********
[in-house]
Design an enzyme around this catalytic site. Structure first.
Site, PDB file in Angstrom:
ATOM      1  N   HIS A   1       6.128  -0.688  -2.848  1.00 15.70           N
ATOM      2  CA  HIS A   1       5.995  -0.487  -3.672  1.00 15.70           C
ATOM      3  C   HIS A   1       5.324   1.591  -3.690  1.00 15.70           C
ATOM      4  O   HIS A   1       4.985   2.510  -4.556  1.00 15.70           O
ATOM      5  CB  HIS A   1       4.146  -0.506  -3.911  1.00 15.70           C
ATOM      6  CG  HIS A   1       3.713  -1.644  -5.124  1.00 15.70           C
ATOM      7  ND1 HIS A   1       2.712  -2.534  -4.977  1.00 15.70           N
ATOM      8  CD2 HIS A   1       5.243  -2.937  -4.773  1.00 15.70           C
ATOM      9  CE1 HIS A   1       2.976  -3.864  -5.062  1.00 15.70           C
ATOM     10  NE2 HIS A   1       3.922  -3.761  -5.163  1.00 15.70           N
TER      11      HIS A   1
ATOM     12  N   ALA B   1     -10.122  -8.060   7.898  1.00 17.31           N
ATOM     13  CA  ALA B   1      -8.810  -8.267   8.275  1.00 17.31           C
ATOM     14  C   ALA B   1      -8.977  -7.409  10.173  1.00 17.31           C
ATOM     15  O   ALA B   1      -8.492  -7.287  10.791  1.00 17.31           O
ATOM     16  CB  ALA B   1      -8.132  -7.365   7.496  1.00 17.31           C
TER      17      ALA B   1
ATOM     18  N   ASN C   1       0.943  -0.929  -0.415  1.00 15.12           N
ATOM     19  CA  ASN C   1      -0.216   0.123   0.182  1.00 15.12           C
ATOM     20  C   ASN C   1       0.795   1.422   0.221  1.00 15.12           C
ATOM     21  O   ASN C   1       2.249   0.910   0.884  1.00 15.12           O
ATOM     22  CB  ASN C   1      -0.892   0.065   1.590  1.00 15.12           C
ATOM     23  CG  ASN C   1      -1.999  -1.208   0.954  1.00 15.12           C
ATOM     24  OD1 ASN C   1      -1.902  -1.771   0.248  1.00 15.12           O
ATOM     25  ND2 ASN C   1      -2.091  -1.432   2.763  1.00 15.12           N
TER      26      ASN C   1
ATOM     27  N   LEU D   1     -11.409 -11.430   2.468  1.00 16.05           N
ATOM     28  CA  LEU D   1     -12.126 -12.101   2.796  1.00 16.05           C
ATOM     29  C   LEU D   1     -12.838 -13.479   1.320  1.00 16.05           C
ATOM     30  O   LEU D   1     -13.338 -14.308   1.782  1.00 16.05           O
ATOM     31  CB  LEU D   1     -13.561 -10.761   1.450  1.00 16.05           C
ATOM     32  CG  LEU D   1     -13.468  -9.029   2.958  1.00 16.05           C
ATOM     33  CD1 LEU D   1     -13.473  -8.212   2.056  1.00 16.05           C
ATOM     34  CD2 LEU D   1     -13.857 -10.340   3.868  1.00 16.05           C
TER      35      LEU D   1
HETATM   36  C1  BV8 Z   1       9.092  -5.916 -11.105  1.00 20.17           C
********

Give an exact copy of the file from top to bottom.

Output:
[in-house]
Design an enzyme around this catalytic site. Structure first.
Site, PDB file in Angstrom:
ATOM      1  N   HIS A   1       6.128  -0.688  -2.848  1.00 15.70           N
ATOM      2  CA  HIS A   1       5.995  -0.487  -3.672  1.00 15.70           C
ATOM      3  C   HIS A   1       5.324   1.591  -3.690  1.00 15.70           C
ATOM      4  O   HIS A   1       4.985   2.510  -4.556  1.00 15.70           O
ATOM      5  CB  HIS A   1       4.146  -0.506  -3.911  1.00 15.70           C
ATOM      6  CG  HIS A   1       3.713  -1.644  -5.124  1.00 15.70           C
ATOM      7  ND1 HIS A   1       2.712  -2.534  -4.977  1.00 15.70           N
ATOM      8  CD2 HIS A   1       5.243  -2.937  -4.773  1.00 15.70           C
ATOM      9  CE1 HIS A   1       2.976  -3.864  -5.062  1.00 15.70           C
ATOM     10  NE2 HIS A   1       3.922  -3.761  -5.163  1.00 15.70           N
TER      11      HIS A   1
ATOM     12  N   ALA B   1     -10.122  -8.060   7.898  1.00 17.31           N
ATOM     13  CA  ALA B   1      -8.810  -8.267   8.275  1.00 17.31           C
ATOM     14  C   ALA B   1      -8.977  -7.409  10.173  1.00 17.31           C
ATOM     15  O   ALA B   1      -8.492  -7.287  10.791  1.00 17.31           O
ATOM     16  CB  ALA B   1      -8.132  -7.365   7.496  1.00 17.31           C
TER      17      ALA B   1
ATOM     18  N   ASN C   1       0.943  -0.929  -0.415  1.00 15.12           N
ATOM     19  CA  ASN C   1      -0.216   0.123   0.182  1.00 15.12           C
ATOM     20  C   ASN C   1       0.795   1.422   0.221  1.00 15.12           C
ATOM     21  O   ASN C   1       2.249   0.910   0.884  1.00 15.12           O
ATOM     22  CB  ASN C   1      -0.892   0.065   1.590  1.00 15.12           C
ATOM     23  CG  ASN C   1      -1.999  -1.208   0.954  1.00 15.12           C
ATOM     24  OD1 ASN C   1      -1.902  -1.771   0.248  1.00 15.12           O
ATOM     25  ND2 ASN C   1      -2.091  -1.432   2.763  1.00 15.12           N
TER      26      ASN C   1
ATOM     27  N   LEU D   1     -11.409 -11.430   2.468  1.00 16.05           N
ATOM     28  CA  LEU D   1     -12.126 -12.101   2.796  1.00 16.05           C
ATOM     29  C   LEU D   1     -12.838 -13.479   1.320  1.00 16.05           C
ATOM     30  O   LEU D   1     -13.338 -14.308   1.782  1.00 16.05           O
ATOM     31  CB  LEU D   1     -13.561 -10.761   1.450  1.00 16.05           C
ATOM     32  CG  LEU D   1     -13.468  -9.029   2.958  1.00 16.05           C
ATOM     33  CD1 LEU D   1     -13.473  -8.212   2.056  1.00 16.05           C
ATOM     34  CD2 LEU D   1     -13.857 -10.340   3.868  1.00 16.05           C
TER      35      LEU D   1
HETATM   36  C1  BV8 Z   1       9.092  -5.916 -11.105  1.00 20.17           C